Now, if you were just interested in gluten-free pasta, you wouldn’t be looking up pasta made out of vegetables. You’d be searching for things like “Online Pastry School’s Gluten Free Bread-Baking Course” or “How To Navigate A Gluten Free Lifestyle”. Or maybe you are one of the thousands of people who are on the gluten free train without really knowing what gluten is. Before you, embarrassingly, get called out on that, please take “Gluten Demystified“.
But no, you’re searching for not-so-good-things that you can make out of vegetables, which means you are going full-hog (so to speak). Paleo: the final frontier. Well, a raw diet is probably the most extreme frontier in popular diets. But Paleo is also a commitment and should not be taken lightly!
The Paleo Diet, in a nutshell, is based on eating unprocessed vegetables, meat, seafood, nuts, and fruit – basically in that order.
The health benefits are many, according to those who support this way of eating. From avoiding diseases such as diabetes, heart disease, and obesity, to reporting amazing amounts of energy and less body fat, the Paleo Diet has certainly changed lives.
But what modern people on this diet tend to miss most are comfort foods: bread and grains.
You can set yourself up for success by having easy Paleo recipes on hand to beat these inevitable cravings.
This recipe comes compliments of the best Paleo Recipe and lifestyle site: Nom Nom Paleo.
This recipe is thanks to a julienne peeler. Don’t have one? Best kitchen investment.
It can help you make noodles out of every vegetable in your crisper! Yes, a mandolin and a food processor are helpful as well, but this tool is efficient, compact, inexpensive, and quick to clean. You can have “noodles” on the table in no time flat!
Here’s what to gather to make zucchini noodles for 4 people:
- 6 zucchini
- Kosher salt
- Freshly ground pepper
Here’s how to make it:
Wash the zucchini and cut a thin slice off the bottom of each one so they won’t roll around on the cutting board.
Place the zucchini flat-side down on the cutting board and go to town with the julienne peeler. Keep the top on, so you can grasp it to keep the squash steady.
UPDATE: A julienne peeler ain’t the only game in town anymore, folks. Behold: a spiral slicer! This thing is pretty darn efficient at cranking out a ton of zoodles in no time flat—and the kids love taking turns with it, too.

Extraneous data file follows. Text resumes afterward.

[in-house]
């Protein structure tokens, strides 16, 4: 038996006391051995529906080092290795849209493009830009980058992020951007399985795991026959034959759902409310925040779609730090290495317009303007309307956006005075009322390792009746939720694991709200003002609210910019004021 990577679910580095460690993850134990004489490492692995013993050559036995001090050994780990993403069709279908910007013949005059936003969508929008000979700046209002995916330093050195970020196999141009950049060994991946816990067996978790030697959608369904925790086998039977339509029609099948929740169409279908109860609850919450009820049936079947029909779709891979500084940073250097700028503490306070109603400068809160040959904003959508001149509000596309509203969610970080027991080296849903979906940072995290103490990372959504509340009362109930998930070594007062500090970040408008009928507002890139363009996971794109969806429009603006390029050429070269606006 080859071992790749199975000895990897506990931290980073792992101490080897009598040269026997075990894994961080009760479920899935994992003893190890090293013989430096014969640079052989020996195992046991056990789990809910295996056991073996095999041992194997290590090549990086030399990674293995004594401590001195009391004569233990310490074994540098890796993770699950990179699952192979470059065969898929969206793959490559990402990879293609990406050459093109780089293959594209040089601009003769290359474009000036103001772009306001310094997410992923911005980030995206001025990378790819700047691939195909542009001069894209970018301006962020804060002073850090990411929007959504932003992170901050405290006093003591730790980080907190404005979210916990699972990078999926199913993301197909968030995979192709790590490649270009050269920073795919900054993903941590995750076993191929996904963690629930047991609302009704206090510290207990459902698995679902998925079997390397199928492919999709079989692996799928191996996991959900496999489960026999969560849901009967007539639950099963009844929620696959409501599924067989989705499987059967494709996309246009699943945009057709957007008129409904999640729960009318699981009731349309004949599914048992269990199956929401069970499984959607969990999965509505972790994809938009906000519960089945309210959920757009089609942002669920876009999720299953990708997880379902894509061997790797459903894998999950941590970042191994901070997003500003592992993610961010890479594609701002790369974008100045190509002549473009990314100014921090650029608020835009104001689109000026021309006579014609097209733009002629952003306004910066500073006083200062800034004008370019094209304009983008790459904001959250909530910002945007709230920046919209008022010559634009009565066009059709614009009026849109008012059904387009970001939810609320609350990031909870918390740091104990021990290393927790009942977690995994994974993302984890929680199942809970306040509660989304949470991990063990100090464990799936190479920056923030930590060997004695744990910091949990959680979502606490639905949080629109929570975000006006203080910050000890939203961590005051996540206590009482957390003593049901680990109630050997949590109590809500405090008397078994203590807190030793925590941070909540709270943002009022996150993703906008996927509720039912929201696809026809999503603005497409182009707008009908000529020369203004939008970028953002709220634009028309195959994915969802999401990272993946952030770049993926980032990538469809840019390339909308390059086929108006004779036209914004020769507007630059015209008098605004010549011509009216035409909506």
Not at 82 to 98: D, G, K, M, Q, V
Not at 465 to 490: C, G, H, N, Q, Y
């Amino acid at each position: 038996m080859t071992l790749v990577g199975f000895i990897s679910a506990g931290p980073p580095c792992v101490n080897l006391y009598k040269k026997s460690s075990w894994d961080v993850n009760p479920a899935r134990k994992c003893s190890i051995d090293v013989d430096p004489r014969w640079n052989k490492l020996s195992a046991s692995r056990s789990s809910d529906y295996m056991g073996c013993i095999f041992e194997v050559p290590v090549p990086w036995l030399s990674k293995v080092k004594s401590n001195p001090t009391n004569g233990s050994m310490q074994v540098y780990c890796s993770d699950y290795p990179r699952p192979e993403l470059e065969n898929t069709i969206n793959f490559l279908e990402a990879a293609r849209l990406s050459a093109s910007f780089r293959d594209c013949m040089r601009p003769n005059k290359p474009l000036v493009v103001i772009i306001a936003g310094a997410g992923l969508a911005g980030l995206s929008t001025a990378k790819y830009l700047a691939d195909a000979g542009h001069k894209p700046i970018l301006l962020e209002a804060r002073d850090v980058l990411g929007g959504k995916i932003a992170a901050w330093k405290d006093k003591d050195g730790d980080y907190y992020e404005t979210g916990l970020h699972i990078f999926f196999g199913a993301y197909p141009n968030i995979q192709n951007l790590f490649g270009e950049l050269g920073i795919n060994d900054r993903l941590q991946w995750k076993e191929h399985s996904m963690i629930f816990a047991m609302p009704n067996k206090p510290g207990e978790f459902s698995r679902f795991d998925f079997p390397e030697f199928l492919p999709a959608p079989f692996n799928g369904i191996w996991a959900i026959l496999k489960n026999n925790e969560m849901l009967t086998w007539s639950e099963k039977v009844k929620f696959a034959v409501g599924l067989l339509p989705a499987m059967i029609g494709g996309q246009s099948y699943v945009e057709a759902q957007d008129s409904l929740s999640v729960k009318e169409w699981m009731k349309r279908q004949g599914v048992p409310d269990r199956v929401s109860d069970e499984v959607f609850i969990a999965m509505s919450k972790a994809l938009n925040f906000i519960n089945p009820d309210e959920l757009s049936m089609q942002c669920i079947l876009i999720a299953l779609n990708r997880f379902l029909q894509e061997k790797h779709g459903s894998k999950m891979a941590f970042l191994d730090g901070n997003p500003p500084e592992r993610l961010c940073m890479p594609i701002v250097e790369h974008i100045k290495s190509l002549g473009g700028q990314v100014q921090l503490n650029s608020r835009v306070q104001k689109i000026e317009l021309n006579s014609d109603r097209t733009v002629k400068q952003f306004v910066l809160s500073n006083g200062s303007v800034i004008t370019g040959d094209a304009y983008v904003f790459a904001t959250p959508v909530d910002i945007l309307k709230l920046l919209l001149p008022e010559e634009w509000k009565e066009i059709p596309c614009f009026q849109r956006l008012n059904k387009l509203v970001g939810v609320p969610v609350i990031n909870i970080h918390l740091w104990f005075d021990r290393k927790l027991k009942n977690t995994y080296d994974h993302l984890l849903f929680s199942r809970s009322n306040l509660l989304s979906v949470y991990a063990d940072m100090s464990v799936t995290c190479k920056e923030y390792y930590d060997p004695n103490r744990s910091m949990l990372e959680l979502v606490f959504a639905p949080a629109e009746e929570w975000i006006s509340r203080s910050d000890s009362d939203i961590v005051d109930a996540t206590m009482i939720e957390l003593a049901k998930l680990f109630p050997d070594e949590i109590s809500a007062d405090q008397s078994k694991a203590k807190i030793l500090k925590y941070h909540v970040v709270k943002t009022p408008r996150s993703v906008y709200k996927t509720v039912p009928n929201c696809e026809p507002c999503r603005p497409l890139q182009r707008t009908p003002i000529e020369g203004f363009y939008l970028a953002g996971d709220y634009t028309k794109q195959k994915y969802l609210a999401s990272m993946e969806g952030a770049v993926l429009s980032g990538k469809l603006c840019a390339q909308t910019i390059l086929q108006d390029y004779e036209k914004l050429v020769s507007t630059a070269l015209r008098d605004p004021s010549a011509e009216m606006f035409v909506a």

Either way you slice it (har, har!): Poof! A big bowl of noodles!
You can always quickly stir-fry ‘em…
But when you’re in a hurry, place the noodles in a covered microwave safe dish…
…and nuke them on high for about 2 minutes.
Watch them closely so you don’t overcook them. Nobody likes soggy noodles.
Drain the excess liquid and toss the zucchini with salt and pepper, and top them with Rao’s marinara sauce and meatballs (which you can easily make from bulk sausage).
See? It’s super easy!”
Wow, that was easy.
Looking for more of a challenge? Here is an awesome recipe from PaleoCupboard for Paleo-ish Pasta with the texture of the real thing!
Paleo Pasta Recipe
- 2/3 cup arrowroot powder (plus extra for kneading)
- 1 cup almond flour (I use Honeyville brand)
- 1 cup tapioca flour (make sure to find a brand that is gluten-free, some brands sneak in wheat products!)
- 2 tsp. sea salt
- 2 large eggs
- 4 egg yolks (from large eggs)
- 2 Tbsp olive oil (for cooking the pasta)
- Food processor
- Large mixing bowl
- Measuring spoons
- Measuring cups
- Plastic wrap
- Cutting board or flat working space
- Pasta maker or rolling pin and kitchen knife
- Medium saucepan
- Place a medium saucepan of water on the stove to boil. Add 2 Tbsp. olive oil to the water (this will help prevent the noodles from sticking to each other while cooking).
- Blend the dry ingredients in a food processor for about 20 seconds. Place the dry ingredients in a large mixing bowl
- and make a well in the center.
- Add the eggs and egg yolks to the well and begin whisking the eggs with a fork. Start pulling the dry mixture in with the fork and combining with the egg until it is partially combined (you will combine it fully when you knead the dough).
- Turn the dough onto a flat working surface lightly dusted with arrowroot powder. Knead the dough for about 5 minutes until it is smooth (it will be sticky at first). Depending on how hot your kitchen is your dough may need to be adjusted slightly: If the dough is too dry you can add a tsp. of olive oil or water to the mixture. If it is too wet add 1 Tbsp. of almond flour at a time until the desired consistency is reached.
- Divide the dough into 4 balls and use one at a time to roll with a rolling pin or run through a pasta machine. Make sure to keep the dough wrapped in plastic wrap until you are ready to use it or it will begin to dry out.
- To roll the dough hand, sprinkle the workspace with some arrowroot powder and gently roll out the dough with a rolling pin until the dough has reached your desired shape and thickness If using a pasta machine, run the dough through once on setting 0 or 1.
- To cut the pasta by hand, use a sharp knife to cut the pasta to the desired shape. If using a pasta machine, run the pasta through the cutter (I recommend a fettuccine or “thicker” pasta for this recipe). Repeat the rolling and cutting process with the remainder of the dough.
- To cook the pasta, place the noodles in the boiling water (you will need to do this in batches to prevent the noodles from sticking to each other). Cook for about 2-3 minutes and drain.
- Serve with your favorite sauce…or eat it plain right there by the stove like I do. I can’t help it, sometimes I am just a little piggy and want instant gratification :-).”